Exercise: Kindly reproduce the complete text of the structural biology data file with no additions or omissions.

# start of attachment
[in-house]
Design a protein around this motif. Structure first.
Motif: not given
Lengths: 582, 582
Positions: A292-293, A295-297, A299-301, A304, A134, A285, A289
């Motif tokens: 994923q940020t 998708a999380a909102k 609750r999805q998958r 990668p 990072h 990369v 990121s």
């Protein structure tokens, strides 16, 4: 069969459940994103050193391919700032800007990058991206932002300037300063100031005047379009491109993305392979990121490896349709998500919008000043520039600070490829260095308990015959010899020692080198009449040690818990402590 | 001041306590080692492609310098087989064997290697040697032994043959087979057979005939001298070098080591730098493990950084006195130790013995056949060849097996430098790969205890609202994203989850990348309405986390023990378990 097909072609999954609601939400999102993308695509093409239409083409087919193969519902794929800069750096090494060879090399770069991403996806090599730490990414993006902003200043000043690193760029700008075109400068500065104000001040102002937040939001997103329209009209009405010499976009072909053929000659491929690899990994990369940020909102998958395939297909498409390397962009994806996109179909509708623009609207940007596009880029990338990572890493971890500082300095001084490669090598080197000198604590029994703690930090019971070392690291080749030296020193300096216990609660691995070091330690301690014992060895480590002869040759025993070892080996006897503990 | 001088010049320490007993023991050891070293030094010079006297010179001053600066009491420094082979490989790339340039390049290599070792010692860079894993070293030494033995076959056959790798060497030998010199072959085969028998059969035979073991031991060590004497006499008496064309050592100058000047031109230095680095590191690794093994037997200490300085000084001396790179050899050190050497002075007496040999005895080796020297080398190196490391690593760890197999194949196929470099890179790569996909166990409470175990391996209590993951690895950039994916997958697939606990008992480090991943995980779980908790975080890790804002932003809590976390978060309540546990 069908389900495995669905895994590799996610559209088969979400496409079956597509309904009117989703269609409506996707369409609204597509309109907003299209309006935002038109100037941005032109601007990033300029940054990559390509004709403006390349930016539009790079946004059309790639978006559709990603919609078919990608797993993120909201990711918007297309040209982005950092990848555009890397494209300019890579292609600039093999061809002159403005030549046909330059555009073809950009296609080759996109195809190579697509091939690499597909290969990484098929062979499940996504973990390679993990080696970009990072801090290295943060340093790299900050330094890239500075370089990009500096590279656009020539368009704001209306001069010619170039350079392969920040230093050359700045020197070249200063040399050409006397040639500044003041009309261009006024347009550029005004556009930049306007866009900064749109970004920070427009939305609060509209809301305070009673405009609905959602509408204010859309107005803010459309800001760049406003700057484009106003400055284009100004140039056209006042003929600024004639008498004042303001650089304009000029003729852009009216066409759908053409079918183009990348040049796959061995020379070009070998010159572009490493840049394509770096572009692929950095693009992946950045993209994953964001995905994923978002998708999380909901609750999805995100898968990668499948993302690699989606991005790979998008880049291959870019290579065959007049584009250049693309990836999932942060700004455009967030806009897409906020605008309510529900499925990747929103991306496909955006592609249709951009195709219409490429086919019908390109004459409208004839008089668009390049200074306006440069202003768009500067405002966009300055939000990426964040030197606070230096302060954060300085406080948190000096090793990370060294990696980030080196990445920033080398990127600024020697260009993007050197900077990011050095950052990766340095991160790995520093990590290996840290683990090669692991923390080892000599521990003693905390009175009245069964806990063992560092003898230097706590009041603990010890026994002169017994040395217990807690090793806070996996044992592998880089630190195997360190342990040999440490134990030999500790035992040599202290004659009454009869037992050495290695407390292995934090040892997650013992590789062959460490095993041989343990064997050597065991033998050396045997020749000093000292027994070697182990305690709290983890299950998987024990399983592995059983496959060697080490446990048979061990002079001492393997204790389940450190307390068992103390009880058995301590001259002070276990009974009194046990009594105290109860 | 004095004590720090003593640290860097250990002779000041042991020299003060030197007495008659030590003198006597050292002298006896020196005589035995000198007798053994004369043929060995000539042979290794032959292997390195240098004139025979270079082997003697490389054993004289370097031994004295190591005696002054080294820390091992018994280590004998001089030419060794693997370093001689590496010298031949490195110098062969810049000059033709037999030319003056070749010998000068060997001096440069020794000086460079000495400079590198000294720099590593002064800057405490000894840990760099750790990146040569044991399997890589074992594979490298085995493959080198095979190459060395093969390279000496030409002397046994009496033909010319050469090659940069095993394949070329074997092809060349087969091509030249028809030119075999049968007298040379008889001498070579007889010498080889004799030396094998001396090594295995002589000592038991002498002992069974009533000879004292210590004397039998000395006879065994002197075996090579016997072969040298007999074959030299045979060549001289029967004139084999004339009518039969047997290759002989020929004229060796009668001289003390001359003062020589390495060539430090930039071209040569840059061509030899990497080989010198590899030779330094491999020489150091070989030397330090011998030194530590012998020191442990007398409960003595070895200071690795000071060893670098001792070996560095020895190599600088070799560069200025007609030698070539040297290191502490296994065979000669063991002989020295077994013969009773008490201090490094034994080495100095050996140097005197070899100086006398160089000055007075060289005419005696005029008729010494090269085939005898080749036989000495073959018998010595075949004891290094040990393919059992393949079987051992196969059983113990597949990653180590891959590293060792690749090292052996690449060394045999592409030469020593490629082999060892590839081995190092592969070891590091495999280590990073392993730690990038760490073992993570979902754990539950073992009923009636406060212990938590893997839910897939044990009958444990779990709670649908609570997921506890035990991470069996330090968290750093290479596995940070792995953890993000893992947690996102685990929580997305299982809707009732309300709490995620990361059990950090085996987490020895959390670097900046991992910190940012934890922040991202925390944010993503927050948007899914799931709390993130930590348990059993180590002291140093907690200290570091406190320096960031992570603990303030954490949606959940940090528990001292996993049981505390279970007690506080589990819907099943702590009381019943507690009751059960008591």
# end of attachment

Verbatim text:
[in-house]
Design a protein around this motif. Structure first.
Motif: not given
Lengths: 582, 582
Positions: A292-293, A295-297, A299-301, A304, A134, A285, A289
């Motif tokens: 994923q940020t 998708a999380a909102k 609750r999805q998958r 990668p 990072h 990369v 990121s």
């Protein structure tokens, strides 16, 4: 069969459940994103050193391919700032800007990058991206932002300037300063100031005047379009491109993305392979990121490896349709998500919008000043520039600070490829260095308990015959010899020692080198009449040690818990402590 | 001041306590080692492609310098087989064997290697040697032994043959087979057979005939001298070098080591730098493990950084006195130790013995056949060849097996430098790969205890609202994203989850990348309405986390023990378990 097909072609999954609601939400999102993308695509093409239409083409087919193969519902794929800069750096090494060879090399770069991403996806090599730490990414993006902003200043000043690193760029700008075109400068500065104000001040102002937040939001997103329209009209009405010499976009072909053929000659491929690899990994990369940020909102998958395939297909498409390397962009994806996109179909509708623009609207940007596009880029990338990572890493971890500082300095001084490669090598080197000198604590029994703690930090019971070392690291080749030296020193300096216990609660691995070091330690301690014992060895480590002869040759025993070892080996006897503990 | 001088010049320490007993023991050891070293030094010079006297010179001053600066009491420094082979490989790339340039390049290599070792010692860079894993070293030494033995076959056959790798060497030998010199072959085969028998059969035979073991031991060590004497006499008496064309050592100058000047031109230095680095590191690794093994037997200490300085000084001396790179050899050190050497002075007496040999005895080796020297080398190196490391690593760890197999194949196929470099890179790569996909166990409470175990391996209590993951690895950039994916997958697939606990008992480090991943995980779980908790975080890790804002932003809590976390978060309540546990 069908389900495995669905895994590799996610559209088969979400496409079956597509309904009117989703269609409506996707369409609204597509309109907003299209309006935002038109100037941005032109601007990033300029940054990559390509004709403006390349930016539009790079946004059309790639978006559709990603919609078919990608797993993120909201990711918007297309040209982005950092990848555009890397494209300019890579292609600039093999061809002159403005030549046909330059555009073809950009296609080759996109195809190579697509091939690499597909290969990484098929062979499940996504973990390679993990080696970009990072801090290295943060340093790299900050330094890239500075370089990009500096590279656009020539368009704001209306001069010619170039350079392969920040230093050359700045020197070249200063040399050409006397040639500044003041009309261009006024347009550029005004556009930049306007866009900064749109970004920070427009939305609060509209809301305070009673405009609905959602509408204010859309107005803010459309800001760049406003700057484009106003400055284009100004140039056209006042003929600024004639008498004042303001650089304009000029003729852009009216066409759908053409079918183009990348040049796959061995020379070009070998010159572009490493840049394509770096572009692929950095693009992946950045993209994953964001995905994923978002998708999380909901609750999805995100898968990668499948993302690699989606991005790979998008880049291959870019290579065959007049584009250049693309990836999932942060700004455009967030806009897409906020605008309510529900499925990747929103991306496909955006592609249709951009195709219409490429086919019908390109004459409208004839008089668009390049200074306006440069202003768009500067405002966009300055939000990426964040030197606070230096302060954060300085406080948190000096090793990370060294990696980030080196990445920033080398990127600024020697260009993007050197900077990011050095950052990766340095991160790995520093990590290996840290683990090669692991923390080892000599521990003693905390009175009245069964806990063992560092003898230097706590009041603990010890026994002169017994040395217990807690090793806070996996044992592998880089630190195997360190342990040999440490134990030999500790035992040599202290004659009454009869037992050495290695407390292995934090040892997650013992590789062959460490095993041989343990064997050597065991033998050396045997020749000093000292027994070697182990305690709290983890299950998987024990399983592995059983496959060697080490446990048979061990002079001492393997204790389940450190307390068992103390009880058995301590001259002070276990009974009194046990009594105290109860 | 004095004590720090003593640290860097250990002779000041042991020299003060030197007495008659030590003198006597050292002298006896020196005589035995000198007798053994004369043929060995000539042979290794032959292997390195240098004139025979270079082997003697490389054993004289370097031994004295190591005696002054080294820390091992018994280590004998001089030419060794693997370093001689590496010298031949490195110098062969810049000059033709037999030319003056070749010998000068060997001096440069020794000086460079000495400079590198000294720099590593002064800057405490000894840990760099750790990146040569044991399997890589074992594979490298085995493959080198095979190459060395093969390279000496030409002397046994009496033909010319050469090659940069095993394949070329074997092809060349087969091509030249028809030119075999049968007298040379008889001498070579007889010498080889004799030396094998001396090594295995002589000592038991002498002992069974009533000879004292210590004397039998000395006879065994002197075996090579016997072969040298007999074959030299045979060549001289029967004139084999004339009518039969047997290759002989020929004229060796009668001289003390001359003062020589390495060539430090930039071209040569840059061509030899990497080989010198590899030779330094491999020489150091070989030397330090011998030194530590012998020191442990007398409960003595070895200071690795000071060893670098001792070996560095020895190599600088070799560069200025007609030698070539040297290191502490296994065979000669063991002989020295077994013969009773008490201090490094034994080495100095050996140097005197070899100086006398160089000055007075060289005419005696005029008729010494090269085939005898080749036989000495073959018998010595075949004891290094040990393919059992393949079987051992196969059983113990597949990653180590891959590293060792690749090292052996690449060394045999592409030469020593490629082999060892590839081995190092592969070891590091495999280590990073392993730690990038760490073992993570979902754990539950073992009923009636406060212990938590893997839910897939044990009958444990779990709670649908609570997921506890035990991470069996330090968290750093290479596995940070792995953890993000893992947690996102685990929580997305299982809707009732309300709490995620990361059990950090085996987490020895959390670097900046991992910190940012934890922040991202925390944010993503927050948007899914799931709390993130930590348990059993180590002291140093907690200290570091406190320096960031992570603990303030954490949606959940940090528990001292996993049981505390279970007690506080589990819907099943702590009381019943507690009751059960008591």